Career Profile: Gill Stannard

Meet Gill Stannard, naturopath, mentor, cancer survivor and advocate. Read on to learn more about her role as a healthcare consumer collaborating with researchers to improve outcomes for women with ovarian cancer.

What is your current role and how did you get to be there? I’m a cancer advocate and consumer in research. As the Survivors Teaching Students (STS) program run by the Australia New Zealand Gynaecological Oncology Group (ANZGOG) so eloquently puts it, I gained a ‘Personal history of Disease’ when I was diagnosed with ovarian cancer in 2013. I’m currently working with three research teams as a consumer, am a member of Consumer Advisory Panel of the Translational Cancer Research Network (TCRN), an STS presenter and a consumer advisor for the Cancer Council NSW Cancer Research Division internal ovarian cancer research program.

I’ve always had a passion for health and moved to Australia in the late 1980s to study naturopathy, graduating with the freshly minted Diploma of Applied Science and a passion for research. Having an ability to understand medical research isn’t necessary as a consumer, but I find it incredibly useful. Prior to naturopathy I gained a political science degree, worked as a research assistant on the Australian Veterans Health Studies into the effects of Agent Orange and at the Anti-Cancer Council in Victoria (as it was previously known).

How does your work contribute to the field and/or the overall health and wellbeing of the community? It’s deeply satisfying to know that sharing my experience of ovarian cancer may ultimately improve outcomes for other women with this disease. As a consumer, my involvement is to bring a greater understanding of how proposed research will impact patients. For example, after sharing my experience of chemotherapy with one researcher, they changed the slant of their grant application. I’ve visited labs, attended team meetings and edited a lot of plain English research summaries.

While most of this work is with individual research teams, one aspect of our work on the TCRN Consumer Advisory Panel is to run a number of workshops every year with TCRN members. These are a bit like speed dating, with scientists and clinicians having 15 minutes to pitch their research to a small group of panel members. We provide feedback about their proposal with fresh eyes. I usually come away from those days exhausted but inspired!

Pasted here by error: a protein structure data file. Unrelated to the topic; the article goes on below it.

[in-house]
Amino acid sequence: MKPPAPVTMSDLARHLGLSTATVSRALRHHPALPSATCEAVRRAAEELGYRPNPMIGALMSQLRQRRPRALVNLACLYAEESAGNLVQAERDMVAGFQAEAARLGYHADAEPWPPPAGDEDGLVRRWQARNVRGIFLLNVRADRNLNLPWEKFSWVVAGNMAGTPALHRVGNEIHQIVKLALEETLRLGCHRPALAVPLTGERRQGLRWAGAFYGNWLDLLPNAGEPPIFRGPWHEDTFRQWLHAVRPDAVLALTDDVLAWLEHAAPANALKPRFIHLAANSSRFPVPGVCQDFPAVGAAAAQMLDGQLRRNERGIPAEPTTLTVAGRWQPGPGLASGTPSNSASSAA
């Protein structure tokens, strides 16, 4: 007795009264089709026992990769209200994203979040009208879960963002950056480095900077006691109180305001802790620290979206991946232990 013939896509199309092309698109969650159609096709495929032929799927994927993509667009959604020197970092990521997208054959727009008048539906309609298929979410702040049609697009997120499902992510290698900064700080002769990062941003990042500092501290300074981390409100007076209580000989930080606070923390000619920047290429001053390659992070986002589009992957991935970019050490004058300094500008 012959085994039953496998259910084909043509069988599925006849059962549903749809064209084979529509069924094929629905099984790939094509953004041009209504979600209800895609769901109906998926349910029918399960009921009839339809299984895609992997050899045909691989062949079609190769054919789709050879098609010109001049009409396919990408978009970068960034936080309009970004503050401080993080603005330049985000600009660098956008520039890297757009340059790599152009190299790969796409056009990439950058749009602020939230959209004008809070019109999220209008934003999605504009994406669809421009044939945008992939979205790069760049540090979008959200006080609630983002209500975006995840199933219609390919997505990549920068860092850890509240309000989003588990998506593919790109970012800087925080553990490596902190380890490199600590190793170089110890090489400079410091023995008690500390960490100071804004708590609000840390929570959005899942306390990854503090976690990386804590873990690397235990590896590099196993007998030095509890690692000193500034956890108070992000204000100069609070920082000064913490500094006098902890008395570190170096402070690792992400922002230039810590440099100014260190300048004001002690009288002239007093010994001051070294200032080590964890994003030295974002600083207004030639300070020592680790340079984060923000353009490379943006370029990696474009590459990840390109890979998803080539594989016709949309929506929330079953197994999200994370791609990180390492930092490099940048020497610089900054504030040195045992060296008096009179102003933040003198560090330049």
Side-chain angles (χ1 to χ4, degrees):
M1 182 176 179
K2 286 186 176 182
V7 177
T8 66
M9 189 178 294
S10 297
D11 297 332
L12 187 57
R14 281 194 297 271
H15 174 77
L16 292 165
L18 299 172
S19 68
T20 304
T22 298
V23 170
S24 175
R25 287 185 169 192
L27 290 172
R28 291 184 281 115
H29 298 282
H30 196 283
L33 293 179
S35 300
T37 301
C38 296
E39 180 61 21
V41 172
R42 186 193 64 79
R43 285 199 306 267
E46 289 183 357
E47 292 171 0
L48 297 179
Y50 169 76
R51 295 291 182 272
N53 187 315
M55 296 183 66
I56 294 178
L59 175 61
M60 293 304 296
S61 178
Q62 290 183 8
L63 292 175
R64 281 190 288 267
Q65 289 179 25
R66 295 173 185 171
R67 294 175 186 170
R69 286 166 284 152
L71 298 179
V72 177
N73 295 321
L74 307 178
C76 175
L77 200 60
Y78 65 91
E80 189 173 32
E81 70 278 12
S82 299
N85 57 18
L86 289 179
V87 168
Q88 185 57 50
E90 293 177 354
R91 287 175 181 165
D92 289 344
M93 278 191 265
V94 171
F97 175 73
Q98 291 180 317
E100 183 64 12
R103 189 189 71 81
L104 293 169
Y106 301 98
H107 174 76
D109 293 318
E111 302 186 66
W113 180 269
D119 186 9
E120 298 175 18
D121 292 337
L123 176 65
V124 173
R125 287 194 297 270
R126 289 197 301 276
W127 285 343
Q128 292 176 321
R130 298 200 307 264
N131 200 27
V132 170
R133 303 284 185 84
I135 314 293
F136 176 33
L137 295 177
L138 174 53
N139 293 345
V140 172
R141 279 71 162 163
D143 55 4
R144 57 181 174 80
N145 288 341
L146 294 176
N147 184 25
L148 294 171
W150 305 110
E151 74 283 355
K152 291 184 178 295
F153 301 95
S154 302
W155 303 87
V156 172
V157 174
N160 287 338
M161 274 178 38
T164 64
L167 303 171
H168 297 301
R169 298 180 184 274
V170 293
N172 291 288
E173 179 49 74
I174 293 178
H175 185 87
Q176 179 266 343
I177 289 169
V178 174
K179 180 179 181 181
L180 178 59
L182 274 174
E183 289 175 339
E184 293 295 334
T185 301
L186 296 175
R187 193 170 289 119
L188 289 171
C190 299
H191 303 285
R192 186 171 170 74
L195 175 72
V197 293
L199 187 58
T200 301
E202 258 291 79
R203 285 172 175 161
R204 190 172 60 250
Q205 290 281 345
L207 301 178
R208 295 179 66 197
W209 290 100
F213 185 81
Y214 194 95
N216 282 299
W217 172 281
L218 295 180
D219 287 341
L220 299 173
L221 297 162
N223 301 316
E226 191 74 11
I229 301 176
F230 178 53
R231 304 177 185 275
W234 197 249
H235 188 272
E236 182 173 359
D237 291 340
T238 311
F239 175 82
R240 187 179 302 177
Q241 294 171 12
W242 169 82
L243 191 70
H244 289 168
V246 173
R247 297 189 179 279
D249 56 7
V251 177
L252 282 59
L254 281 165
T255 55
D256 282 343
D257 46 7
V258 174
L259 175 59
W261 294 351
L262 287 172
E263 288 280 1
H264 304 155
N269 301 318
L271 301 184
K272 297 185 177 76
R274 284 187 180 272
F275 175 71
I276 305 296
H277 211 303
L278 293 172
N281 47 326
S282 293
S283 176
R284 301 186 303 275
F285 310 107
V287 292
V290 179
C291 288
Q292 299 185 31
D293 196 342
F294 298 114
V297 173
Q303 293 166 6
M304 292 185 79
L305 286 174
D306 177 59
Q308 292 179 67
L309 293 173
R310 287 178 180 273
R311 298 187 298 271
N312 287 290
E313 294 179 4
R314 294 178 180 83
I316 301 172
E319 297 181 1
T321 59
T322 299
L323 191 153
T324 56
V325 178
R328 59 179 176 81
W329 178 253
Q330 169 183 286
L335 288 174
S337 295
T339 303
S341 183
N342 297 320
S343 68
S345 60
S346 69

What is a project you would love to get off the ground or a skill you would like to develop, if you had the opportunity? Just one? I’ve got a pretty big wish list! I would love to be involved with researchers investigating less toxic and more effective first-line treatments for ovarian cancer. The current chemotherapy regime hasn’t changed in the past 30 years and still eventually fails at least 70% of women who undergo it. While there are some promising projects focused on disease recurrence, we’ve got to find a more effective and less debilitating initial response.

Involvement in the STS program, sharing our stories with clinical groups and allied health students, goes part of the way to raising greater clinical awareness of ovarian cancer. But there’s scope for research into why most women present multiple times to their doctor before being referred for investigations. Creating effective strategies for earlier detection can save lives now.

And of course, as a naturopath, I’d like to see greater collaboration between CAM practitioners and oncology teams to help our patients minimise the side effects of, and improve recovery from, invasive cancer treatments.

What are your loves outside of work? Meeting interesting people, sharing food and exploring nature. I love travel and am always planning my next adventure (which was supposed to be Scandinavia!). As an ex–food blogger, I’m a bit obsessed about cooking, eating and growing veggies.

What is one piece of advice you could pass onto others following their own career in the health and medical research sector? Get to know yourself. I mentor complementary health practitioners and my biggest advice is to always be authentic. Life’s too short to follow a career shaped by other people’s expectations. Your gut doesn’t lie, it tells you when you’re straying off course. Listen! Be brave, follow your passions and carve your own path. We need more mavericks.

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